Category Archives: Breads


You can stuff anything into a crepe–sweet or savory–and it will be a new experience each time.  Some of my favorite fillings are nutella with banannas and raspberries; crockpot apple pie oatmeal; and marinated peppers, mushrooms, and onions.  They also go great with a scrambled egg filling of your choice, accompanied by a nice spicy bloody mary.  

If you’ve never made crepes before, the batter will be considerably runnier than a pancake or waffle batter, and the crepes themselves will be no more than 1/4 inch thick when baked.  If you have a 12″ no-stick skillet, try folding them the traditional triangular method.  I have a smaller skillet, so I roll mine, just like the picture above.

1/2 C all-purpose flour
3/4 C milk
2 eggs
1T butter (melted)
1/3 tsp salt

In a food processor, mix eggs for about 10 seconds.  Add milk and butter, and mix 10 additional seconds.  Add flour and salt.  Mix again for 10-15 seconds.  The batter should be considerably runnier than a pancake mixture, but should also maintain a slight thickness.  If its still too thin add additional flour 1 T at a time until desired texture is reached.  See video below for an example of my own ideal crepe batter consistency.  Let batter sit 20-30 minutes while you prepare the sauce and eggs.

When cooking crepes, heat a no-stick skillet over medium-low heat.  Remove the skillet from heat and coat the pan with a small layer of vegetable oil (I use a pastry brush).  Scoop 1/4 C of the crepe mixture into the skillet and use your wrist to distribute the batter evenly around the circumference of the pan.  Return to stovetop.  When edges begin to brown (after about 1-2 mins), use you fingers and the tip of a cereal spoon to flip the crepe.  Cook for an additional minute.  Remove from heat, and store on a plate covered with foil, or in a warmer.  Repeat until batter is gone.  This recipe should make approximately 4 thin crepes.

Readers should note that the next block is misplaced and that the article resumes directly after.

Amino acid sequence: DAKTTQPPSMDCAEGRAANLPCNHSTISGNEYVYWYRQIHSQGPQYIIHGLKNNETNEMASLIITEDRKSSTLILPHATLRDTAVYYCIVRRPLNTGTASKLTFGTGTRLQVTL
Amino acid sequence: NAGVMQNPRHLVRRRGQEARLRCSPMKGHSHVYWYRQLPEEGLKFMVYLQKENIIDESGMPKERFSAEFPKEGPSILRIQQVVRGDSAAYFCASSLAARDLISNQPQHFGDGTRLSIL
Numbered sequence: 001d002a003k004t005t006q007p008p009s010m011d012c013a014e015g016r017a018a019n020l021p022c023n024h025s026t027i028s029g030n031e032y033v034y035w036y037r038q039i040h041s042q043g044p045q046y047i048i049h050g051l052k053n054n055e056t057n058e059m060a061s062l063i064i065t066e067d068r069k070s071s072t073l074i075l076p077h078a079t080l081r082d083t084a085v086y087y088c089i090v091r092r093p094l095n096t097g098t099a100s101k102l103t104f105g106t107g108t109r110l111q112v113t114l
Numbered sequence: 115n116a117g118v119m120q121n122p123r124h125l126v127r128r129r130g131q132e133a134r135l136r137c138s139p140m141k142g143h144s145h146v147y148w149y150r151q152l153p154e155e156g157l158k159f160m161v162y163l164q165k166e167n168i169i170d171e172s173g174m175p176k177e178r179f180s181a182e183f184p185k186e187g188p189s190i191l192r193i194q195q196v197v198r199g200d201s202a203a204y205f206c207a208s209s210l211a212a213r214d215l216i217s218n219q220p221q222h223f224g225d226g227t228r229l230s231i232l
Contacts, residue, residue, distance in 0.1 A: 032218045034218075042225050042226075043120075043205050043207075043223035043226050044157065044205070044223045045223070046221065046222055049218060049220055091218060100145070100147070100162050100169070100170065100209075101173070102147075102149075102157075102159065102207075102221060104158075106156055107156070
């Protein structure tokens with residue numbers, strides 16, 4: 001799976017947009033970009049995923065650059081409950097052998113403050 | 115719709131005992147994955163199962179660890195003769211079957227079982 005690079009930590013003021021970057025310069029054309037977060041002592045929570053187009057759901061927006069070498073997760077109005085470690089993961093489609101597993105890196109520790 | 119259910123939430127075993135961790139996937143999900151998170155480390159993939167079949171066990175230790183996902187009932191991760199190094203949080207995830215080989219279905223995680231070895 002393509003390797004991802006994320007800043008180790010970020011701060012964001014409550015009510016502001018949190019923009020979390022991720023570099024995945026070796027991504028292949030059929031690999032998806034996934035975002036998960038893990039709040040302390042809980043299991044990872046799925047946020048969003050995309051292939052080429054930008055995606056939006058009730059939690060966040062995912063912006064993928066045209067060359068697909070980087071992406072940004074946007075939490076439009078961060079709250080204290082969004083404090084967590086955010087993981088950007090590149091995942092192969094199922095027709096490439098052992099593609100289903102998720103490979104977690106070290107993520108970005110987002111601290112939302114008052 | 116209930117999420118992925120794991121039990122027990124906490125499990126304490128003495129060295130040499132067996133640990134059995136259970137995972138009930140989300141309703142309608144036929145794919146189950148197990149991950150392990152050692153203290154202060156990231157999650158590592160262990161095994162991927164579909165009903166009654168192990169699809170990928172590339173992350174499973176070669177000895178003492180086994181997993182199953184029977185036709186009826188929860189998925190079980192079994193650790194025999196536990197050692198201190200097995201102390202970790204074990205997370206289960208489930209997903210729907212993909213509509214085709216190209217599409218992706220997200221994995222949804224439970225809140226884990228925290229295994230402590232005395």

You can fold your crepes simply by placing your filling in the center and then rolling them up, as in the picture at the top of this post; or place your filling on one half of the crepe, flap the other side over the top to form a half, circle, and then fold again to form a triangle.

You can fill these guys with anything under the sun: scrambled eggs and spinach; peanut butter and chocolate chips; or strawberries and creme fraiche.  Sprinkle a little powdered sugar on top for the sweet ones.


Buttery Beer Bread

This is a basic beer bread recipe, similar to most out there on the recipe interwebs.  The type of beer you use has a huge influence on the taste of the bread, so if you choose something like a stout, be prepared for a very beer-y tasting bread (awesome as a grilled cheese, by the way)!  If you want to start out with a more simple taste, a lager or wheat ale might be nice.


3 C all purpose flour (if you choose to use self-rising flour, omit the baking powder and salt)
3 tsp baking powder
1 tsp salt
12 oz. bottle of beer (Note: I like to buy a 16 oz. pint and swig a little as I cook, so sometimes my measurements vary from the recommended 12. oz.)